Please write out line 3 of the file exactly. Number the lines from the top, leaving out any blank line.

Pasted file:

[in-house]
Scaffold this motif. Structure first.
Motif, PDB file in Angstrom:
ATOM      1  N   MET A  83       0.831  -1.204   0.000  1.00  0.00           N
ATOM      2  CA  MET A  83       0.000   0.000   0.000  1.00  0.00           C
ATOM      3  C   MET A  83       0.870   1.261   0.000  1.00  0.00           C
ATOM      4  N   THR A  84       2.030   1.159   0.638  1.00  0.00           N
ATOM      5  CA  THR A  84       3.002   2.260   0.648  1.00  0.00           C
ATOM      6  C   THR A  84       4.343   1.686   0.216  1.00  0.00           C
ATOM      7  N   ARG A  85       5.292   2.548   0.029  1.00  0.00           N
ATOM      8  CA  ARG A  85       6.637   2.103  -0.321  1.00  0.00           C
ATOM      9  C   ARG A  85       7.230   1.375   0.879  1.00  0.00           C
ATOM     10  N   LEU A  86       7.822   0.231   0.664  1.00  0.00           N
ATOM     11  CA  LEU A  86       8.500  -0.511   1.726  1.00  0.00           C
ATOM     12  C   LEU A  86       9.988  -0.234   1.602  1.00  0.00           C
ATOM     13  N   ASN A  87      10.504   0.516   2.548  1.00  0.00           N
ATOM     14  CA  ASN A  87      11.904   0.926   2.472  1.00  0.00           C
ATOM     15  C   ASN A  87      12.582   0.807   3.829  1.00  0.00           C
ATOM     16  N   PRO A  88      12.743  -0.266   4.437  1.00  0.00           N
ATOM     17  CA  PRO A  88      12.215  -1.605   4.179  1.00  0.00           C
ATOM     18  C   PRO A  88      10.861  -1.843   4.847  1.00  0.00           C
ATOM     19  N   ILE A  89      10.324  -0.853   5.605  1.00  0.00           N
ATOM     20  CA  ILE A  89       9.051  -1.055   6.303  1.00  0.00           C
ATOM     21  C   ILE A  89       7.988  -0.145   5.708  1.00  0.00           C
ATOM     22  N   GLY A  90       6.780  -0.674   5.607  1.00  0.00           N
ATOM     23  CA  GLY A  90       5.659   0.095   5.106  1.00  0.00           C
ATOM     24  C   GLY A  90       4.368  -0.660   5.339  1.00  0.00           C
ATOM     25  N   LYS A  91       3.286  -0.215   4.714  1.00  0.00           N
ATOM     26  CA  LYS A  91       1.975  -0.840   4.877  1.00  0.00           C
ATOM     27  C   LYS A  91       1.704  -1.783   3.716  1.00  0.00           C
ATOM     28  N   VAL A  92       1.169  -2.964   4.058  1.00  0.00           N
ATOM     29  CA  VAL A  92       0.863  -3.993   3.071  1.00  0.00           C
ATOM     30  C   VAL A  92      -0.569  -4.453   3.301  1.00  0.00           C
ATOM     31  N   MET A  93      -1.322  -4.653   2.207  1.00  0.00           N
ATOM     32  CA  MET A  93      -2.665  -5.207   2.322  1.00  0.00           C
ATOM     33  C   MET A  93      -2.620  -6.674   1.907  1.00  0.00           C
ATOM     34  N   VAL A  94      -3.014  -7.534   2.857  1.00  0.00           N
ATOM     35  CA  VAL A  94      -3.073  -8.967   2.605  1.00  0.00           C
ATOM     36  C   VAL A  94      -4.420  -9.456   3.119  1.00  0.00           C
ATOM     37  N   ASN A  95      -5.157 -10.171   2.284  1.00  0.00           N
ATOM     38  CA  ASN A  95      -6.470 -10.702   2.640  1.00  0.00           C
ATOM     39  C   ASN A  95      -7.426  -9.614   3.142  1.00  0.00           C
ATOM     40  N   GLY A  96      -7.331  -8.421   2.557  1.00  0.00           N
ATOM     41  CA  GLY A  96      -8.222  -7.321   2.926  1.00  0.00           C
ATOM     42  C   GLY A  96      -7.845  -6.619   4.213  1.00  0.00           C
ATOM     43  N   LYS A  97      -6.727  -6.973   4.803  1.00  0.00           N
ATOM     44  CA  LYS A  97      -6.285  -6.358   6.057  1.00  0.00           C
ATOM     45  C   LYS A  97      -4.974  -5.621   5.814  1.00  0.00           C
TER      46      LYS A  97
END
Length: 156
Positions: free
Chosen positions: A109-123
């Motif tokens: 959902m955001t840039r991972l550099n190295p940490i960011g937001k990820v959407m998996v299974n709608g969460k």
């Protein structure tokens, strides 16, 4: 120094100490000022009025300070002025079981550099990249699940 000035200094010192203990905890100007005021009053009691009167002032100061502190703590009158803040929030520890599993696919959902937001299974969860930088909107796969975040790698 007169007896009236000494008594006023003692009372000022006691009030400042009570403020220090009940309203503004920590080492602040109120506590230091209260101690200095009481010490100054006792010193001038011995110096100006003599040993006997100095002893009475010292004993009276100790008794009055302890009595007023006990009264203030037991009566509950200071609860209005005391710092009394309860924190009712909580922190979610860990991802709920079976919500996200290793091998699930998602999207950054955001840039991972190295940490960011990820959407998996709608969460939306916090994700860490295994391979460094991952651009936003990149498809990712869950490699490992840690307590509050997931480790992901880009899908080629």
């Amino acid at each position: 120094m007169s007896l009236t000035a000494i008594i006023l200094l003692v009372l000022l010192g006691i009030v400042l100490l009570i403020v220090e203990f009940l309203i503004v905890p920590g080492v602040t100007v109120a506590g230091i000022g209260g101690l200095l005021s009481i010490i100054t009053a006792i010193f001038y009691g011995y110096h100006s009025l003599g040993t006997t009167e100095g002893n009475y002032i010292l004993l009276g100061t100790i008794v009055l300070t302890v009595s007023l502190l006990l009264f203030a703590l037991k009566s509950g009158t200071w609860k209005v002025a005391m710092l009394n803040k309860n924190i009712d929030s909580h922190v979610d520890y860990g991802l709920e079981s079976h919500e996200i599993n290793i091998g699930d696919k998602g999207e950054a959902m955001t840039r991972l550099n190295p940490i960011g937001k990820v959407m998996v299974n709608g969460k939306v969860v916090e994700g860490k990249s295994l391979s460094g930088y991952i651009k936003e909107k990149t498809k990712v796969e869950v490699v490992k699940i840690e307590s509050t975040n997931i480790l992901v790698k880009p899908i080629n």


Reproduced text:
Motif, PDB file in Angstrom: